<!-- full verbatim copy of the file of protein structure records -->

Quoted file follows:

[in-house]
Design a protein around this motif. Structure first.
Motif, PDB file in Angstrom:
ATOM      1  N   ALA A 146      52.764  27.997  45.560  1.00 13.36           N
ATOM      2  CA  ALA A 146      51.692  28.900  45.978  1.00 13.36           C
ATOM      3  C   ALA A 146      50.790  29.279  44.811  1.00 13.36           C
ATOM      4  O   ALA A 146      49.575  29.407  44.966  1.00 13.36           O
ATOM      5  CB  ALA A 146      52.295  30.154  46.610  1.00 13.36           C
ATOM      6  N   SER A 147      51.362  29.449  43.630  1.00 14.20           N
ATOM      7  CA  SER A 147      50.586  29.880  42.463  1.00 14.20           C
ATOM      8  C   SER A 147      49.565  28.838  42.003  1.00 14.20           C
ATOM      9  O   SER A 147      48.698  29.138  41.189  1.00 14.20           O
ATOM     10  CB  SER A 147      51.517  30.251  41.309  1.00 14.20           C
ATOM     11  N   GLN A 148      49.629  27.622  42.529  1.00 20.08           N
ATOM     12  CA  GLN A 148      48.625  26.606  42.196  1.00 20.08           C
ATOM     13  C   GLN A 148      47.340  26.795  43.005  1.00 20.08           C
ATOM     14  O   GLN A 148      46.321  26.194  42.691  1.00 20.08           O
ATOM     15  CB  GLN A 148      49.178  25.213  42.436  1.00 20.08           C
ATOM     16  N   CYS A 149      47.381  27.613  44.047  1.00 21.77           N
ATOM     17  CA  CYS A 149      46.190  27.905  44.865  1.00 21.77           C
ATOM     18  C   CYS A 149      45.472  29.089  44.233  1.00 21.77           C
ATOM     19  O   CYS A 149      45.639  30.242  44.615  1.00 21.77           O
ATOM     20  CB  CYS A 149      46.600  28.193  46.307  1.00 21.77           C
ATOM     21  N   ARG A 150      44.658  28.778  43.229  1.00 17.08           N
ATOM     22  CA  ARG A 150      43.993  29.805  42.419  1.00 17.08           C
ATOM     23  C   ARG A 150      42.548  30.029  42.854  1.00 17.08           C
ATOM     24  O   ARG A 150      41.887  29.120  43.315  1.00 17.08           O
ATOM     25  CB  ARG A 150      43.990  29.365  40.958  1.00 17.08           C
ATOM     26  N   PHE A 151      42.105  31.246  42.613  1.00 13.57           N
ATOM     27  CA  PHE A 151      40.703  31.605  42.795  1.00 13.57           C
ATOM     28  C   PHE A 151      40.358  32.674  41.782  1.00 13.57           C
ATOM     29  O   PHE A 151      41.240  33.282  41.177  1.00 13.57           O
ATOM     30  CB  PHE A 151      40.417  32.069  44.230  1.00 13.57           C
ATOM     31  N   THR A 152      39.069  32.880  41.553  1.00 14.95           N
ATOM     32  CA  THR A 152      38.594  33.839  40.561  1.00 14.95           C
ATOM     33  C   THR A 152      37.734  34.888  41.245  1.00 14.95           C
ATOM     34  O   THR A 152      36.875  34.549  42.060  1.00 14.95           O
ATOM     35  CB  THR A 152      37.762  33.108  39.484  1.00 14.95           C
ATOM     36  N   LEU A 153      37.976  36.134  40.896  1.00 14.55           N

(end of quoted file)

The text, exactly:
[in-house]
Design a protein around this motif. Structure first.
Motif, PDB file in Angstrom:
ATOM      1  N   ALA A 146      52.764  27.997  45.560  1.00 13.36           N
ATOM      2  CA  ALA A 146      51.692  28.900  45.978  1.00 13.36           C
ATOM      3  C   ALA A 146      50.790  29.279  44.811  1.00 13.36           C
ATOM      4  O   ALA A 146      49.575  29.407  44.966  1.00 13.36           O
ATOM      5  CB  ALA A 146      52.295  30.154  46.610  1.00 13.36           C
ATOM      6  N   SER A 147      51.362  29.449  43.630  1.00 14.20           N
ATOM      7  CA  SER A 147      50.586  29.880  42.463  1.00 14.20           C
ATOM      8  C   SER A 147      49.565  28.838  42.003  1.00 14.20           C
ATOM      9  O   SER A 147      48.698  29.138  41.189  1.00 14.20           O
ATOM     10  CB  SER A 147      51.517  30.251  41.309  1.00 14.20           C
ATOM     11  N   GLN A 148      49.629  27.622  42.529  1.00 20.08           N
ATOM     12  CA  GLN A 148      48.625  26.606  42.196  1.00 20.08           C
ATOM     13  C   GLN A 148      47.340  26.795  43.005  1.00 20.08           C
ATOM     14  O   GLN A 148      46.321  26.194  42.691  1.00 20.08           O
ATOM     15  CB  GLN A 148      49.178  25.213  42.436  1.00 20.08           C
ATOM     16  N   CYS A 149      47.381  27.613  44.047  1.00 21.77           N
ATOM     17  CA  CYS A 149      46.190  27.905  44.865  1.00 21.77           C
ATOM     18  C   CYS A 149      45.472  29.089  44.233  1.00 21.77           C
ATOM     19  O   CYS A 149      45.639  30.242  44.615  1.00 21.77           O
ATOM     20  CB  CYS A 149      46.600  28.193  46.307  1.00 21.77           C
ATOM     21  N   ARG A 150      44.658  28.778  43.229  1.00 17.08           N
ATOM     22  CA  ARG A 150      43.993  29.805  42.419  1.00 17.08           C
ATOM     23  C   ARG A 150      42.548  30.029  42.854  1.00 17.08           C
ATOM     24  O   ARG A 150      41.887  29.120  43.315  1.00 17.08           O
ATOM     25  CB  ARG A 150      43.990  29.365  40.958  1.00 17.08           C
ATOM     26  N   PHE A 151      42.105  31.246  42.613  1.00 13.57           N
ATOM     27  CA  PHE A 151      40.703  31.605  42.795  1.00 13.57           C
ATOM     28  C   PHE A 151      40.358  32.674  41.782  1.00 13.57           C
ATOM     29  O   PHE A 151      41.240  33.282  41.177  1.00 13.57           O
ATOM     30  CB  PHE A 151      40.417  32.069  44.230  1.00 13.57           C
ATOM     31  N   THR A 152      39.069  32.880  41.553  1.00 14.95           N
ATOM     32  CA  THR A 152      38.594  33.839  40.561  1.00 14.95           C
ATOM     33  C   THR A 152      37.734  34.888  41.245  1.00 14.95           C
ATOM     34  O   THR A 152      36.875  34.549  42.060  1.00 14.95           O
ATOM     35  CB  THR A 152      37.762  33.108  39.484  1.00 14.95           C
ATOM     36  N   LEU A 153      37.976  36.134  40.896  1.00 14.55           N